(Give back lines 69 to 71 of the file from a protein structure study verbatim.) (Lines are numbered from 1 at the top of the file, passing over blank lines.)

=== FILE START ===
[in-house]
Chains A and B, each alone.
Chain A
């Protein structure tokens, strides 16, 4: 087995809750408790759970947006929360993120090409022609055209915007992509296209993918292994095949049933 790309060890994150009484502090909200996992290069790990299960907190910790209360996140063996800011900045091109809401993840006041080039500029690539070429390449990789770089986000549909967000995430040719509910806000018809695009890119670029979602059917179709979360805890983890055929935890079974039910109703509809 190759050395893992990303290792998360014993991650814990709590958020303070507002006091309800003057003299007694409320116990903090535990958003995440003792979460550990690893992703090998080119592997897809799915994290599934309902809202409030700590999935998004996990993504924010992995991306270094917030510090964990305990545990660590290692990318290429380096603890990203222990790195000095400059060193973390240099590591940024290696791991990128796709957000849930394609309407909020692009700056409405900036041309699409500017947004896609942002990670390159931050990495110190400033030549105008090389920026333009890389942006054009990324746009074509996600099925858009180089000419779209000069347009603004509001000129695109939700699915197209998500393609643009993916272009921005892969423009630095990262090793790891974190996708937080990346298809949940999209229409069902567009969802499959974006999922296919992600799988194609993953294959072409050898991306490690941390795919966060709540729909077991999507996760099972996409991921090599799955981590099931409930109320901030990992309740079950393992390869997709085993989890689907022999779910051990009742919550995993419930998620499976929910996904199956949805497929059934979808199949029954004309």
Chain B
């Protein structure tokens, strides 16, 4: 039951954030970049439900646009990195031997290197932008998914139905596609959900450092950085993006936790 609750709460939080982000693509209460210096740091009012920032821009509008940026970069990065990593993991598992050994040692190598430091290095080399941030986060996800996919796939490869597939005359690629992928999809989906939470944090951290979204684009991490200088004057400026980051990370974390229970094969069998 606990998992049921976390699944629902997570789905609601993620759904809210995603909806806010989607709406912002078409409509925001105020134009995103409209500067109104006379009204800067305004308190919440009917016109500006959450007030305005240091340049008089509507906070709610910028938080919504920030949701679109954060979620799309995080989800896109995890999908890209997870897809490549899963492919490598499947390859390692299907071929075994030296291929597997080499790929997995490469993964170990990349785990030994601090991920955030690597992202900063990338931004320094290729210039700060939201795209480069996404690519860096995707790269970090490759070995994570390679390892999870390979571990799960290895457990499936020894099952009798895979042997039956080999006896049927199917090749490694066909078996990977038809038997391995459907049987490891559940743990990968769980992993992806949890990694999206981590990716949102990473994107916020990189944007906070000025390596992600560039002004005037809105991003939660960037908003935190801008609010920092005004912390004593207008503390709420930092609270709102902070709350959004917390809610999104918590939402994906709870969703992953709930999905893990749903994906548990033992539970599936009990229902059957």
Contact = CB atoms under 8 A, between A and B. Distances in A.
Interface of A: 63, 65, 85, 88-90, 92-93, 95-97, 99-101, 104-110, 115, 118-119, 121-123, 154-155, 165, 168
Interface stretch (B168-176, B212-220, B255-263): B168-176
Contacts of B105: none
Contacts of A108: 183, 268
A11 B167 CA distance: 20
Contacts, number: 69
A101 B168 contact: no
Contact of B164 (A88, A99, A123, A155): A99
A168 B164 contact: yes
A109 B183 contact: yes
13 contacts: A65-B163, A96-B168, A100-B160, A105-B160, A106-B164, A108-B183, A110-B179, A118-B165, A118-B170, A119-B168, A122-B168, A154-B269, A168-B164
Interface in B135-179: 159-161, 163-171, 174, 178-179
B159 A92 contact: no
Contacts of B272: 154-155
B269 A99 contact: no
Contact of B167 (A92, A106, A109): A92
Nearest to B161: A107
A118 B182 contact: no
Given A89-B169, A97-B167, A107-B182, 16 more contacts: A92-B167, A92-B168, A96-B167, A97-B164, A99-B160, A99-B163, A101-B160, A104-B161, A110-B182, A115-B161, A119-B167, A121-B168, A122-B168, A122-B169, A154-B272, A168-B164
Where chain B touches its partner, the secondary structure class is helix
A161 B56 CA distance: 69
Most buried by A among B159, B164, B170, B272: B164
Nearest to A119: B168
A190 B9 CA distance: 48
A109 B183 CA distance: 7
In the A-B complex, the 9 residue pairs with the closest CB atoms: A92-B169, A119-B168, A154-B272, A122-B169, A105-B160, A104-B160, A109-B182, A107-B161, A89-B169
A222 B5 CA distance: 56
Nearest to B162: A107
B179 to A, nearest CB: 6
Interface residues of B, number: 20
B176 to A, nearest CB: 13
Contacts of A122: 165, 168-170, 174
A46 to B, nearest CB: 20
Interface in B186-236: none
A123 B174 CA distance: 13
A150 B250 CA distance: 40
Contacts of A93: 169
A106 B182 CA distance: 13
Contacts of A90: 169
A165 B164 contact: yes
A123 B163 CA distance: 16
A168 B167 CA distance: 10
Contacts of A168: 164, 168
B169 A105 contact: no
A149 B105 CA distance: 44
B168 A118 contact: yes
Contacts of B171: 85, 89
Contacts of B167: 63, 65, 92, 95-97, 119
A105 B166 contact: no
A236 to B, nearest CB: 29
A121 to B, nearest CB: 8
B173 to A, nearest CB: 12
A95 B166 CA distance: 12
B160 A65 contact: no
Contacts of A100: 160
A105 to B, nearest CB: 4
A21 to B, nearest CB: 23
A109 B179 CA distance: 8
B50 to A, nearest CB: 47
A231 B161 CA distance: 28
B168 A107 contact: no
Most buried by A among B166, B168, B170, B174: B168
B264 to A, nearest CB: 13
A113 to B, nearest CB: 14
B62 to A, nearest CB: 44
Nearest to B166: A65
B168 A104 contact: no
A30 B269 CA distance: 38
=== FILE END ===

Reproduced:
Most buried by A among B166, B168, B170, B174: B168
B264 to A, nearest CB: 13
A113 to B, nearest CB: 14